On Mon, Dec 23, 2013 at 2:10 PM, Edgar L. Owen <edgaro...@att.net> wrote:

> The proof is simply the fact that the time traveling twins meet up again
> with different clock times, but always in the exact same present moment.
> This proves beyond any doubt there are two kinds of time, clock time which
> varies by relativistic observer, and the time of the present moment (what I
> call P-time) which is absolute and common to all observers across the
> universe.

It's all a question of simultaneity, sometimes observers can agree that 2
events were simultaneous, and sometimes they can not, it all depends on the
circumstances; and the amount of disagreement can vary from zero to as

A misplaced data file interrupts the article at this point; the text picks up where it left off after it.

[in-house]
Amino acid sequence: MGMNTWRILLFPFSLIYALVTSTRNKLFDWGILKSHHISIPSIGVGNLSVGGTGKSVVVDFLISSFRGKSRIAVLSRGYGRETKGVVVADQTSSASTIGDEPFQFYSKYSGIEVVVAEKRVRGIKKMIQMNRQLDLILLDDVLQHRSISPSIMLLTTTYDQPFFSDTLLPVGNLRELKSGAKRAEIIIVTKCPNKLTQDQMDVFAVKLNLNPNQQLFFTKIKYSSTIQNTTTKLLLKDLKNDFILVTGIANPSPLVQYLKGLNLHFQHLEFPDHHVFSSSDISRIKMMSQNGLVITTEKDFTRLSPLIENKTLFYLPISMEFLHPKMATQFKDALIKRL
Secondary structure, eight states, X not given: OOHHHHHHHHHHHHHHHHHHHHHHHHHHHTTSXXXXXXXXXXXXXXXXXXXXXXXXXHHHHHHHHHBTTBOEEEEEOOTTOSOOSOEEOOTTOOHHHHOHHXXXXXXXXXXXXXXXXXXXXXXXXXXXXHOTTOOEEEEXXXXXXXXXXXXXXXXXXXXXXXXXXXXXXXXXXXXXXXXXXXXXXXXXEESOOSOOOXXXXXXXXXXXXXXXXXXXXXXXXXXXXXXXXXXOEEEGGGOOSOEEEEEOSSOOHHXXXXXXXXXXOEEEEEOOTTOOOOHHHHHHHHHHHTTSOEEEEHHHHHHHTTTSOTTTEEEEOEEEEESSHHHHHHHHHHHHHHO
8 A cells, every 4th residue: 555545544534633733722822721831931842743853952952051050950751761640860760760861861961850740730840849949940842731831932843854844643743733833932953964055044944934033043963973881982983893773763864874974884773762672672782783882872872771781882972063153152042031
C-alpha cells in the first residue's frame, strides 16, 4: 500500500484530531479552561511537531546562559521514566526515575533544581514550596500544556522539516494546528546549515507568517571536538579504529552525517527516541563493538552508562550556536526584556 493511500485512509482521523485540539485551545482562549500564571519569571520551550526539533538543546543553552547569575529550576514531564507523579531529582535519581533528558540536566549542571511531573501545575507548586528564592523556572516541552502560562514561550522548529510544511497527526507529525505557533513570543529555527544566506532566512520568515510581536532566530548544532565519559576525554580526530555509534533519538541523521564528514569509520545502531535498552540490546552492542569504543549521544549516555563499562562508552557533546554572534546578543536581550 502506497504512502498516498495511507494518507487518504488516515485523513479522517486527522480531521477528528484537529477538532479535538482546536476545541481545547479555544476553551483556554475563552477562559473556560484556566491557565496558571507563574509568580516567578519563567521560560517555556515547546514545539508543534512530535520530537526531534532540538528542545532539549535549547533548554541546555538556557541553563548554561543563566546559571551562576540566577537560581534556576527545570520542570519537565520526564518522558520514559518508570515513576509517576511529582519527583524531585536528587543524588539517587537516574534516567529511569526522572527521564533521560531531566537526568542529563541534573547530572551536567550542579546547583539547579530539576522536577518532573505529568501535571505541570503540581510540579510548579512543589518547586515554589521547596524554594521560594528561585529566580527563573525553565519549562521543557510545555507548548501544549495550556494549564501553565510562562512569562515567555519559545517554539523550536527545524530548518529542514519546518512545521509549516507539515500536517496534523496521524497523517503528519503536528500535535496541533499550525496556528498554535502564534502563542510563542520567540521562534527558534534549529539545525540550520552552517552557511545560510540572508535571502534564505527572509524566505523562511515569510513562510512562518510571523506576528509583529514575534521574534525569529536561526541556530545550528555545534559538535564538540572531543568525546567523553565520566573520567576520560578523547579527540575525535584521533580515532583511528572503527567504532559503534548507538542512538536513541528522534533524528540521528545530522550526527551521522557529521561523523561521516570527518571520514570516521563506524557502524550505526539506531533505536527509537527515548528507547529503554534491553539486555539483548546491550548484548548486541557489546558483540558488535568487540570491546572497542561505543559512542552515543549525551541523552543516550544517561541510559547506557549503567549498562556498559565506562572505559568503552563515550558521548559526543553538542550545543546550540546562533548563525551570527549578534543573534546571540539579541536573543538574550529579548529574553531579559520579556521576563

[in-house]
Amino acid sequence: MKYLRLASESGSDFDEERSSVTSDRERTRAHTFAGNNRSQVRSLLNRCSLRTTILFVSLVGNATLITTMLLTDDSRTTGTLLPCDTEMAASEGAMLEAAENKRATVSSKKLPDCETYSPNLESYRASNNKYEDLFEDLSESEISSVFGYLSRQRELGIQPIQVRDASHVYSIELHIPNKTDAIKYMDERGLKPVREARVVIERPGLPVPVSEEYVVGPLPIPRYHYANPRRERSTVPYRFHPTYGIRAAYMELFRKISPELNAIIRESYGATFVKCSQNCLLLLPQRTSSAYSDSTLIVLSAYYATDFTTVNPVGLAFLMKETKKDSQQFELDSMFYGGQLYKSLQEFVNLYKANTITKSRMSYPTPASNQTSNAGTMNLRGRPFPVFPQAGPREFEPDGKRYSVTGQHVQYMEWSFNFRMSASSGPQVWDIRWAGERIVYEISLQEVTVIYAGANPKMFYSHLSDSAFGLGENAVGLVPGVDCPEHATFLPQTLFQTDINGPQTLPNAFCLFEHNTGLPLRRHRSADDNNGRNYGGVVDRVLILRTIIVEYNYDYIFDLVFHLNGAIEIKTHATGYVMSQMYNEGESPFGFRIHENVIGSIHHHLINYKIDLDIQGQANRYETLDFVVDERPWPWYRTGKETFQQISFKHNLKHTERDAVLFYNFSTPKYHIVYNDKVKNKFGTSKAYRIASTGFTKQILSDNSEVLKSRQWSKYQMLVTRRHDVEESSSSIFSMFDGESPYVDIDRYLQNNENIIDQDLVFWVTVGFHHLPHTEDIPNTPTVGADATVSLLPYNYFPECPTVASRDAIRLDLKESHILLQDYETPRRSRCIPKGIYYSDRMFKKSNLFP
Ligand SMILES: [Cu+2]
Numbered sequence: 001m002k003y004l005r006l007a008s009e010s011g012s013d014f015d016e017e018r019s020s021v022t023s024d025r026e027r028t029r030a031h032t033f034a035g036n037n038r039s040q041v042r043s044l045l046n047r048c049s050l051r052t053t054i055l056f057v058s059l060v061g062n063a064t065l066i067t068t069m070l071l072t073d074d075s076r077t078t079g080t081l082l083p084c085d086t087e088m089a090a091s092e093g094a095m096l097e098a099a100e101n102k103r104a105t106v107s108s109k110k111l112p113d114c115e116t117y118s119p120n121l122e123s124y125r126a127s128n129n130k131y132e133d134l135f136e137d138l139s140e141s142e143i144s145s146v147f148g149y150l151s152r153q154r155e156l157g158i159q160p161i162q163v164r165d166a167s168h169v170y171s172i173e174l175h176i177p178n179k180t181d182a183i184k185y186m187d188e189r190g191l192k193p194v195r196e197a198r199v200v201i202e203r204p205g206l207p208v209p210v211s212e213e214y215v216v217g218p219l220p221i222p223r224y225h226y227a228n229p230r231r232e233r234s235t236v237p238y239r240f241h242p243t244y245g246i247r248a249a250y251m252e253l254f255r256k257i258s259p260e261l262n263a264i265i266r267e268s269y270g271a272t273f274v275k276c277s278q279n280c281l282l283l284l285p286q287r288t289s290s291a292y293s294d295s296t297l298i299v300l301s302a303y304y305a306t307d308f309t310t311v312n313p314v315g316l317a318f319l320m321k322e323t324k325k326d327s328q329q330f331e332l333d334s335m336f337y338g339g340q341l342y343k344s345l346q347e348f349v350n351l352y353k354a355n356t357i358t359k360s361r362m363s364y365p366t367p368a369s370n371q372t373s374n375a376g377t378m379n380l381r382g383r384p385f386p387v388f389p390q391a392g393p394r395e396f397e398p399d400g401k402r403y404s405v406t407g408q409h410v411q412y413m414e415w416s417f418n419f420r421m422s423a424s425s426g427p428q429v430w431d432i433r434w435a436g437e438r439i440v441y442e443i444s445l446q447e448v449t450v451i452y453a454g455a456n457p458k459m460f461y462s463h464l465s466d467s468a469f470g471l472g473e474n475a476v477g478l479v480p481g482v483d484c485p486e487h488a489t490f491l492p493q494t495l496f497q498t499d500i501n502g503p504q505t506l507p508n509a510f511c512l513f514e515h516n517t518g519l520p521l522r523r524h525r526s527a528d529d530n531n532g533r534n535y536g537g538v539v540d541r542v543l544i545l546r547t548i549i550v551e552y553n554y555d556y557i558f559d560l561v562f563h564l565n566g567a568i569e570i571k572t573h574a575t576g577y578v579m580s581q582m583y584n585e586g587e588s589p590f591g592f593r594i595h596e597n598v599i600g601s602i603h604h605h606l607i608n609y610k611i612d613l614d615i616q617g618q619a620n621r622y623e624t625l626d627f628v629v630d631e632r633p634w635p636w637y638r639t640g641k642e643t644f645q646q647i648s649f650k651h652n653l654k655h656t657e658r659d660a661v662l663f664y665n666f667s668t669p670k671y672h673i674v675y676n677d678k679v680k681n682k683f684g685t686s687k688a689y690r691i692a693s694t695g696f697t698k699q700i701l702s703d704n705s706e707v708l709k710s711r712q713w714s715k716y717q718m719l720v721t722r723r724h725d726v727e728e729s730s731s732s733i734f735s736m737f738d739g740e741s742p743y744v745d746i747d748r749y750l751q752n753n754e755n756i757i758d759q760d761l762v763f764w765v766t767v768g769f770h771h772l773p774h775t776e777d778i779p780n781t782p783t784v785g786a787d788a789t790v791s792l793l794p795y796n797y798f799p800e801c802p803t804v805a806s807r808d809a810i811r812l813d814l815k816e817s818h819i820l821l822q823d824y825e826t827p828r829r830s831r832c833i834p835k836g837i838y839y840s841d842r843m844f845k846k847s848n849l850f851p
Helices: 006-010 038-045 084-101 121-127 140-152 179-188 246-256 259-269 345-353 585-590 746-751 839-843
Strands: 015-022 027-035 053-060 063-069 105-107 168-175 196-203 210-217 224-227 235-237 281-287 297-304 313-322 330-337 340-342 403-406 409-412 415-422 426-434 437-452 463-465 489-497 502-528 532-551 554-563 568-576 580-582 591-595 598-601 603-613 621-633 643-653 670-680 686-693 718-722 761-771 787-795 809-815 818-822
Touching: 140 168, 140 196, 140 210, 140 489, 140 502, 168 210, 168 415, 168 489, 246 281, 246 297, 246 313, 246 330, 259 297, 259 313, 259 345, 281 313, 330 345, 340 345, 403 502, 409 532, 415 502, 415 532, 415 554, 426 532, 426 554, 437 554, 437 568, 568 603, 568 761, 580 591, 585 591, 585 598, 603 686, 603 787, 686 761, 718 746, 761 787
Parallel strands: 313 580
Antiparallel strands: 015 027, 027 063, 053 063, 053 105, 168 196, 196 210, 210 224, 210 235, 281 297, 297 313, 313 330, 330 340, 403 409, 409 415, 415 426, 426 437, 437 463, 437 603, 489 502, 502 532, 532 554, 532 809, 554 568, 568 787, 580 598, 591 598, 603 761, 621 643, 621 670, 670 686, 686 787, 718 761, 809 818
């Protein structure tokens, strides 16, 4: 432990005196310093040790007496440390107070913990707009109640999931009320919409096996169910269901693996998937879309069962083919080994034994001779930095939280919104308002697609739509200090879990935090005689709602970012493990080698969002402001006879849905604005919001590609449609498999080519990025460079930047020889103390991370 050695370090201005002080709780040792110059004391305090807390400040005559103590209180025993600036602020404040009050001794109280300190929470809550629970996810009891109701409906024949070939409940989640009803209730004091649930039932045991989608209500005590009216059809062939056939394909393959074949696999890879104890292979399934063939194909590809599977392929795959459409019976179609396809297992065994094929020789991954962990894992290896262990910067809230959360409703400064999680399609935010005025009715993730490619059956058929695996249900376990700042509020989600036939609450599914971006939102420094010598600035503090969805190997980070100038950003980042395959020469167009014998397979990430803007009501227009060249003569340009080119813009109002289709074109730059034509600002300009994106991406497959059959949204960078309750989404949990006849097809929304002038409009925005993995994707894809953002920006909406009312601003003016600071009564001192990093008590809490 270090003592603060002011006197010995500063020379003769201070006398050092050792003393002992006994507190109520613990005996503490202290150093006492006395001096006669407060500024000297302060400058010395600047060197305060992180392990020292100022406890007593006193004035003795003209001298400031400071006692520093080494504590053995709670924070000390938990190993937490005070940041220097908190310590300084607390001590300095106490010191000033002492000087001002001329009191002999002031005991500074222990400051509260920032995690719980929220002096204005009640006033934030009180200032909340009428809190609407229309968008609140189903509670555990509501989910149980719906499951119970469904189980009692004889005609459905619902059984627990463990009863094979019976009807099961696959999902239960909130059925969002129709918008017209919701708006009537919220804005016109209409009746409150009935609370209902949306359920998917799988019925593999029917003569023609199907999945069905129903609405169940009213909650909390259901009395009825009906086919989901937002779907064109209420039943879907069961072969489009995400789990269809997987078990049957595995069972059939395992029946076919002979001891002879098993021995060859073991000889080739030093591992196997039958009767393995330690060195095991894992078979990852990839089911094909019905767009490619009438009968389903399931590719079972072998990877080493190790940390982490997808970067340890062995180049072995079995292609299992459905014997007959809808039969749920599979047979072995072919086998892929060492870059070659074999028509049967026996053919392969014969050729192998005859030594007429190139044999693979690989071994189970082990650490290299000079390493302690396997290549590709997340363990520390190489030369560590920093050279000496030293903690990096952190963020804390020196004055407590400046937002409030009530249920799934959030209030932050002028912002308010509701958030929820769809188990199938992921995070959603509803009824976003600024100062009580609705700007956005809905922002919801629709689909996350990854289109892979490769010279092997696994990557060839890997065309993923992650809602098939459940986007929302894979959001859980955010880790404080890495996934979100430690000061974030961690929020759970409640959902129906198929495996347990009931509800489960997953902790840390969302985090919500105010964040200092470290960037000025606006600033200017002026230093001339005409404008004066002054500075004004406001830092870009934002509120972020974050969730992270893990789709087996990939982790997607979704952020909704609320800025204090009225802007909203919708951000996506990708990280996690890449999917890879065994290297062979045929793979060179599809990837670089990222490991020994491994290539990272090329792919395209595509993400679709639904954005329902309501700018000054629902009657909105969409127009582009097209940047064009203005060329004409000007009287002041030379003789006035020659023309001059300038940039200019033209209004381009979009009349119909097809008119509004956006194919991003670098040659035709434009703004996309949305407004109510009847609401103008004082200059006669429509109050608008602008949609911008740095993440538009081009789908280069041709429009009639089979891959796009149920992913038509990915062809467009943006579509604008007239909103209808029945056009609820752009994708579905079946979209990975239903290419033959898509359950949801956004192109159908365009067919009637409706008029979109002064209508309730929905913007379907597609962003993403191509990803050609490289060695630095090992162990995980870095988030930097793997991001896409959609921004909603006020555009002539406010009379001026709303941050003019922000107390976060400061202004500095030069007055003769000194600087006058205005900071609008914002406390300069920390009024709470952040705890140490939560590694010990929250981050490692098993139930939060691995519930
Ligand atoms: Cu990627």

large a value as you'd care to name. So I don't see why zero is more
special or "absolute" than any other number.

And nothing that happens in the Andromeda Galaxy 2 million light years away
can have any effect on me for 2 million years, and nothing I do can have
any effect on Andromeda for 2 million years. So even asking "what are
things like right now on Andromeda?" is a ambiguous question. Does it mean
how things look in my telescope when light left Andromeda 2 million years
ago? Or does it mean Andromeda 2 million years in the future when something
I do here can make a change there? So what does "right now" even mean?

  John K Clark

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